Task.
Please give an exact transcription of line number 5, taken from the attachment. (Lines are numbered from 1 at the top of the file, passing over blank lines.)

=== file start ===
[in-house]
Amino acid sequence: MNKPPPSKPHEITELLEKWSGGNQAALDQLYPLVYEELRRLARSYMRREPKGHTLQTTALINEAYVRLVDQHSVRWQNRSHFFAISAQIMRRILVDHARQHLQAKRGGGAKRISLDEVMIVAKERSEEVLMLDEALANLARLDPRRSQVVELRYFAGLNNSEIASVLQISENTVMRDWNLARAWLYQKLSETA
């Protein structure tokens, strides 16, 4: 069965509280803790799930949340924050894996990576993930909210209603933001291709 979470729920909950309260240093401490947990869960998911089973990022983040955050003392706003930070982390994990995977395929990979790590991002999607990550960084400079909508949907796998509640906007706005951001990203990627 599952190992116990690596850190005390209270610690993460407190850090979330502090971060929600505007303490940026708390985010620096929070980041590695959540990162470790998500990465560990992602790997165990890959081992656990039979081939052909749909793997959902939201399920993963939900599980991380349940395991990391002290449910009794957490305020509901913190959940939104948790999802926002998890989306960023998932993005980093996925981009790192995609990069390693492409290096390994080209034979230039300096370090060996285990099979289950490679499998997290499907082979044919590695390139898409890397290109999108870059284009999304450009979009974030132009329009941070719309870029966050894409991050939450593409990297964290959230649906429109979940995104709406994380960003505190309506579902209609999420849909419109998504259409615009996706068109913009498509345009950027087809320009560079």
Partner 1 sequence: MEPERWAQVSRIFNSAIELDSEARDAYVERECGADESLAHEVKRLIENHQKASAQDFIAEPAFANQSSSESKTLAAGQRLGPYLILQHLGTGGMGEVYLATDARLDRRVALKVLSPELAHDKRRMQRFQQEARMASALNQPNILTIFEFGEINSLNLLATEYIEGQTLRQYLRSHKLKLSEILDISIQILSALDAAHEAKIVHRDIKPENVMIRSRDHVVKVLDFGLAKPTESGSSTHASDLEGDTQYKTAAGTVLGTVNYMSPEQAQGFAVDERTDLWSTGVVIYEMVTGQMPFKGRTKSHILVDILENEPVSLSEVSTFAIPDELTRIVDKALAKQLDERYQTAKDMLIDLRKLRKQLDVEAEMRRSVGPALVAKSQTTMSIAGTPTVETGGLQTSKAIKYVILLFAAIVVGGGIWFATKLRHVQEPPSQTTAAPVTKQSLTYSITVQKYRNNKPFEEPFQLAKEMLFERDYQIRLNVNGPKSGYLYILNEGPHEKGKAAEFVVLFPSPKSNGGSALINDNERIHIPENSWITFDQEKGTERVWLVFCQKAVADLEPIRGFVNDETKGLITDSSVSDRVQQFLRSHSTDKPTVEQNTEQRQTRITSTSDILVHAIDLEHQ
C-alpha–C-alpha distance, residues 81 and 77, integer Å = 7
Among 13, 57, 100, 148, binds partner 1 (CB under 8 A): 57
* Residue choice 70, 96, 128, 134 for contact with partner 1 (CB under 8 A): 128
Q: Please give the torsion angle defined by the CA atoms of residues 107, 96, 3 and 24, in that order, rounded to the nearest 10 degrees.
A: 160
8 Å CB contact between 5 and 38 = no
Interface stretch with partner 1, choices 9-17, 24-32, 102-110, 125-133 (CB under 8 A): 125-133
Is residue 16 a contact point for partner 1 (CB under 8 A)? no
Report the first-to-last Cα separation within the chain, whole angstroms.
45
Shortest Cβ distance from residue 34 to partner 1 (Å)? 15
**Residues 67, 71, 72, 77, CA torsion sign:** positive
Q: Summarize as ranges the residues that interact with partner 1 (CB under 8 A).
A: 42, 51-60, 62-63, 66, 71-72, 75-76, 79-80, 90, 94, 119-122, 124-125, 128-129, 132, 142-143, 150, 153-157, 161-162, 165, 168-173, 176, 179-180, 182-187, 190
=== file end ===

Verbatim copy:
C-alpha–C-alpha distance, residues 81 and 77, integer Å = 7